Digital reading of breast density improves the diagnosis of cancer in dense breasts
In a breast of low breast density, mammography is a correct technique to assess the size of a breast tumour. Traditionally, the assessment of the tumour is carried out by the radiologist from a visual examination of the mammogram. However, in breasts of a high density, mammography is not a completely effective technique to appreciate possible tumour alterations, so, for a proper evaluation, a breast ultrasound and an MRI of the breast should be performed.
A retrospective study carried out by the Committee of Gynaecology Oncology and Mastology (CGOM) of the Dexeus Mujer and led by Dr. Màxim Izquierdo, conducted on a sample of 212 cancer patients of 55.7 ± 9.9 years on average, demonstrates that the visual assessment made by the radiologist overestimates breast density vs. automatic density reading performed by new-generation digital mammogram devices, which offer a more correct assessment and a more accurate diagnosis.
Breast density is not related to the prognostic factors of cancer, which make it possible to predict the possible evolution of a breast tumour. These include oestrogen and progesterone receptors - which determine whether tumour development is related to hormonal factors and, therefore, an anti-hormonal treatment - HER2, which is a cell growth receptor, can be applied; Ki67, which indicates whether a tumour is more or less aggressive, and p53, which refers to the appearance of the breast tissue, and determines the histological classification of the tumour. However, the results of this study may contribute to refine the diagnosis and early detection of breast cancer in women who have a high breast density (especially young and premenopausal women under 45 years).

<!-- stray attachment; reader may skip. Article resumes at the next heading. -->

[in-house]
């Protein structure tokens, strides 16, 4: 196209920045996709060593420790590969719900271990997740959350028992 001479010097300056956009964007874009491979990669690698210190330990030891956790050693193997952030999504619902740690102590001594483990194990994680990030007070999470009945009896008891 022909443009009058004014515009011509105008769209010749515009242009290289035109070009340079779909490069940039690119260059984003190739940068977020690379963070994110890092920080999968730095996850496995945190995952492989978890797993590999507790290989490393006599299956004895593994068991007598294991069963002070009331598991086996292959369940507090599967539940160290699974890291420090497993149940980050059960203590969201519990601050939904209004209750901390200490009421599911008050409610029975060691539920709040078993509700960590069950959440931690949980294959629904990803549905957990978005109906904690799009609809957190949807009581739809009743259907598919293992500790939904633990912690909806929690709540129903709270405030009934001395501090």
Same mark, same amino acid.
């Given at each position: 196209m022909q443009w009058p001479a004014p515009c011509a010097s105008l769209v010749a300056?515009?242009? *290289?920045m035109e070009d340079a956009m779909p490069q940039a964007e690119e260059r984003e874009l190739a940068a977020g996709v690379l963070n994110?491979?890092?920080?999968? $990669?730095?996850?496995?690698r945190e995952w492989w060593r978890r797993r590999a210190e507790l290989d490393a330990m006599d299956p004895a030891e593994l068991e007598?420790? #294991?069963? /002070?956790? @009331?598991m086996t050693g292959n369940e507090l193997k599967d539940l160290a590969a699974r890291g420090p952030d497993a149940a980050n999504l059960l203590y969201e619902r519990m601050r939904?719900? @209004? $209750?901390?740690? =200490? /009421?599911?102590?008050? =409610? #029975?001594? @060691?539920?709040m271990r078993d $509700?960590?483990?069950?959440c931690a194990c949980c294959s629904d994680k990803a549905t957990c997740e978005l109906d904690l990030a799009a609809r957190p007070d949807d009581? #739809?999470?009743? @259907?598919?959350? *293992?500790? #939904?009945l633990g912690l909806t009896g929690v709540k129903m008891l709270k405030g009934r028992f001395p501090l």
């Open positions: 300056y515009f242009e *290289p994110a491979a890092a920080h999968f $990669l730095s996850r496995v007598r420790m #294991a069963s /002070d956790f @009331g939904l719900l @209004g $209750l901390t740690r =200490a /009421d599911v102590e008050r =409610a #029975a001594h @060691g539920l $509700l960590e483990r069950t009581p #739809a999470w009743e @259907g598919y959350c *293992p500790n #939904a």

The study has received the Best Poster Award at the 15th Meet the Professor Advance Intercourse Breast Cancer awarded by the University of Padua (Italy).
M.Izquierdo; J.Browne S. Garcia; F.Tresserra; M.Garcia; S.Baulies; C.Ara; M.A.Pascual; R.Fabregas
The Breast, Volume 44, Supplement 1, March 2019, Page S88.